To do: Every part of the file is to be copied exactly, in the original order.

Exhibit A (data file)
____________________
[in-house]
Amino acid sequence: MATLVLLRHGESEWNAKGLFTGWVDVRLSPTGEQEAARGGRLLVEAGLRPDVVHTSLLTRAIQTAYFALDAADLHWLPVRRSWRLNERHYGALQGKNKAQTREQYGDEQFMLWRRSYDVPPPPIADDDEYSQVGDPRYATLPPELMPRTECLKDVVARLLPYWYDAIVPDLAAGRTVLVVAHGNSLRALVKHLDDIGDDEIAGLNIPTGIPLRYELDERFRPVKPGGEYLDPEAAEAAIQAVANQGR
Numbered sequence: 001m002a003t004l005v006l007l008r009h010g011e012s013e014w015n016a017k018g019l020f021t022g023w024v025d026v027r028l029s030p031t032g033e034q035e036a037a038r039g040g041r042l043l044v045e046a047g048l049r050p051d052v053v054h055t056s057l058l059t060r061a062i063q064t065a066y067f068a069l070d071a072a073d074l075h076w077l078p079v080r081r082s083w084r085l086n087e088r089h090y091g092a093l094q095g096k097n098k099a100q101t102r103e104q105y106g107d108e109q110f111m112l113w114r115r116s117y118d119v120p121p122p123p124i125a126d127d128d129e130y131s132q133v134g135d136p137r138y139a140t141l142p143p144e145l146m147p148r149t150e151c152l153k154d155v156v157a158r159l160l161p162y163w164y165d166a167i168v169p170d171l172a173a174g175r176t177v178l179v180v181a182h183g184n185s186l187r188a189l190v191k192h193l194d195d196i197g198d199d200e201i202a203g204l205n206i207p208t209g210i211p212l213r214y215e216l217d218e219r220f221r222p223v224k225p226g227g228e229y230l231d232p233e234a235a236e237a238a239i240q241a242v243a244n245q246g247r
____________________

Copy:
[in-house]
Amino acid sequence: MATLVLLRHGESEWNAKGLFTGWVDVRLSPTGEQEAARGGRLLVEAGLRPDVVHTSLLTRAIQTAYFALDAADLHWLPVRRSWRLNERHYGALQGKNKAQTREQYGDEQFMLWRRSYDVPPPPIADDDEYSQVGDPRYATLPPELMPRTECLKDVVARLLPYWYDAIVPDLAAGRTVLVVAHGNSLRALVKHLDDIGDDEIAGLNIPTGIPLRYELDERFRPVKPGGEYLDPEAAEAAIQAVANQGR
Numbered sequence: 001m002a003t004l005v006l007l008r009h010g011e012s013e014w015n016a017k018g019l020f021t022g023w024v025d026v027r028l029s030p031t032g033e034q035e036a037a038r039g040g041r042l043l044v045e046a047g048l049r050p051d052v053v054h055t056s057l058l059t060r061a062i063q064t065a066y067f068a069l070d071a072a073d074l075h076w077l078p079v080r081r082s083w084r085l086n087e088r089h090y091g092a093l094q095g096k097n098k099a100q101t102r103e104q105y106g107d108e109q110f111m112l113w114r115r116s117y118d119v120p121p122p123p124i125a126d127d128d129e130y131s132q133v134g135d136p137r138y139a140t141l142p143p144e145l146m147p148r149t150e151c152l153k154d155v156v157a158r159l160l161p162y163w164y165d166a167i168v169p170d171l172a173a174g175r176t177v178l179v180v181a182h183g184n185s186l187r188a189l190v191k192h193l194d195d196i197g198d199d200e201i202a203g204l205n206i207p208t209g210i211p212l213r214y215e216l217d218e219r220f221r222p223v224k225p226g227g228e229y230l231d232p233e234a235a236e237a238a239i240q241a242v243a244n245q246g247r